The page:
- What is the role of informal advice in emergencies?
- Are regulatory systems fit for purpose in emergencies?
- Are there sufficient inputs from other disciplines in considering how societies and individuals react in the context of communal crisis?
- Can we see better ways to get transnational cooperation in emergencies and for collective expert advice, beyond the role of virologists and epidemiologists?
- Can we deal better with the engines of misinformation; a problem that transcends borders?
- What are the implications for countries at different states of development and for countries with vulnerable supply lines?
- What will be the long-term changes will the pandemic bring? Will countries seek to be more self-sufficient? What ate the implications for economic planning and management? Does this have broader implications for political economy? Does it have broader implications for democratic decision making and trust in government. Just as the great depression influenced thinking for decades, is this a similar tipping point for public values and policy settings?
Many of these questions lie within INGSA’s ambit. Accordingly today INGSA is launching a ‘landing pad’ (www.ingsa.org/covid/) for COVID 19 associated discussion on issues of the science-policy, science-society and science diplomacy intersections. This will have several elements.
Firstly it will be a curated website for essays relevant to the issues of interaction between science and policy. It will not focus on technical issues associated with the virus. An editorial committee has been established (see website). We plan it also to be a repository of updates from each country on the policy decisions made in relation to the pandemic. Within a few days we will launch a program of podcasts and webinars on these issues. We hope to soon announce a more formal evaluation and a undertake a deeper dive on some of these issues – one that hopefully will engage much of our membership.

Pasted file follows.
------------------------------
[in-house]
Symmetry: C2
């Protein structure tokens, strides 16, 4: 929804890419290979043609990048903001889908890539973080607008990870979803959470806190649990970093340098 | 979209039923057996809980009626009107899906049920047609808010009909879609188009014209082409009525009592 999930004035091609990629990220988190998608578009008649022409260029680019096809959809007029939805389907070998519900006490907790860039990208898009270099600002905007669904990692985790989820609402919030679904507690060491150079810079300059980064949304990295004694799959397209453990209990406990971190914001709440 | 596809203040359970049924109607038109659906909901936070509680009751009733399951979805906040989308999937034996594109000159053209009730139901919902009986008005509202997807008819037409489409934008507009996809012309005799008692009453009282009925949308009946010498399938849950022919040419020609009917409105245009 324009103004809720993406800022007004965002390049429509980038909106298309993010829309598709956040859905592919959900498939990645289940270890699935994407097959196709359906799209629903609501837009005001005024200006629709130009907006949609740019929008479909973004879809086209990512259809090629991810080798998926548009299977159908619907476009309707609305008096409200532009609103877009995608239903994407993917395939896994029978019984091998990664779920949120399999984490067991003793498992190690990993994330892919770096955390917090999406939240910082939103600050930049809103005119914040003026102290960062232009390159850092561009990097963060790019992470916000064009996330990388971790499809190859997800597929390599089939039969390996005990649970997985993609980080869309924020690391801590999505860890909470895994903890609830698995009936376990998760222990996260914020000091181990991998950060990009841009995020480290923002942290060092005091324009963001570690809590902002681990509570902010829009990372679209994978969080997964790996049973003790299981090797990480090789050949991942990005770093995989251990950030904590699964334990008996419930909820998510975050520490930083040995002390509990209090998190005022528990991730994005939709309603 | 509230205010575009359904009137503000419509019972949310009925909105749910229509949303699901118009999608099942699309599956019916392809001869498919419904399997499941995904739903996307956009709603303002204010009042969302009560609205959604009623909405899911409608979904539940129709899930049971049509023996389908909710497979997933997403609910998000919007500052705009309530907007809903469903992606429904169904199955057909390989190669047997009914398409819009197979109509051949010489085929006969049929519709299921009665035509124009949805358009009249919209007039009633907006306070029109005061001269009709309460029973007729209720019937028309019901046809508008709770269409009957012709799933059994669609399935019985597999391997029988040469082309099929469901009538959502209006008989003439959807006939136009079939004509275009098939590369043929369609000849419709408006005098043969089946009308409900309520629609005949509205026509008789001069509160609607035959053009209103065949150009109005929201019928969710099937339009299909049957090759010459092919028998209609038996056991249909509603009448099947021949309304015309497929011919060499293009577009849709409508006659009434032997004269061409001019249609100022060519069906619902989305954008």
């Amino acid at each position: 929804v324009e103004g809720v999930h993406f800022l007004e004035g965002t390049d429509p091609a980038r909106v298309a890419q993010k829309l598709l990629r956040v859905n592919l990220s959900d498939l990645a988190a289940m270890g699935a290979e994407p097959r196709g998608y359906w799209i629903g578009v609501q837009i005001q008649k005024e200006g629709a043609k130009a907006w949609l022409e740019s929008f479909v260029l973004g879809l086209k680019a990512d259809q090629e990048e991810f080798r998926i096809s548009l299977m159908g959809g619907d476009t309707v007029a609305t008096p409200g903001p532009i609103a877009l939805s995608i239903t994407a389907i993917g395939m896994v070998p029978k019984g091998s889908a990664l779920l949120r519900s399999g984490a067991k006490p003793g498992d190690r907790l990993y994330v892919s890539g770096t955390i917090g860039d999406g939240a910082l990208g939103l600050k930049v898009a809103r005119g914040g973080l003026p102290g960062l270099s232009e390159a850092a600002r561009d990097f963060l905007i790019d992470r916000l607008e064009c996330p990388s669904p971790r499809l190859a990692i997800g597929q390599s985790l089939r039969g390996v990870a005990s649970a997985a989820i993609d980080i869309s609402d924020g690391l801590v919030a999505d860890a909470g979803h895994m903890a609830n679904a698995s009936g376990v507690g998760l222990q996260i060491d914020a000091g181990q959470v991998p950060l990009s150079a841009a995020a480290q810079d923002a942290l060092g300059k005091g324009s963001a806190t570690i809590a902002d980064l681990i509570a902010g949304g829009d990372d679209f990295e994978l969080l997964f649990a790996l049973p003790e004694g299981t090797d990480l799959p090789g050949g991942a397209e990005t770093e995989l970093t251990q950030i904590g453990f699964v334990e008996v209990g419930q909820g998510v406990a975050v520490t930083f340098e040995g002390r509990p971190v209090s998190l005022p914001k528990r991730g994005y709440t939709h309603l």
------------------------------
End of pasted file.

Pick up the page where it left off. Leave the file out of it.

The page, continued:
Understandably, much focus will remain on the short term. But it would be a terrible mistake if attention is not given now, and progressively, to the long-term matters that this epidemic will throw into sharp focus. For example, while on a very different time course, climate change shows many of the same issues – the conflicts between science, policy, vested interests and politics and a tendency to think that addressing it can wait. Overall there remains a reluctance to sdonsider the big changes that will be needed while many wait for some hoped-for technological solutions.
As advised the scheduled meeting of INGSA in Montreal in September has been delayed until next April. We are working towards a virtual summit on the science-policy and science- diplomacy issues to be held on September 16th - 17th ; the same dates that the conference was originally scheduled for.
We are also collaborating in this effort with several other organisations and we welcome further partnerships. The INGSA network has already assisted several countries in linking to expertise. We will continue to play that networking role.
INGSA and its components including its regional chapters, its science diplomacy division SPIDER and its support of FMSTAN are well-placed to explore these issues which Covid 19 has placed into the sharpest focus. We welcome your engagement, contributions and assistance.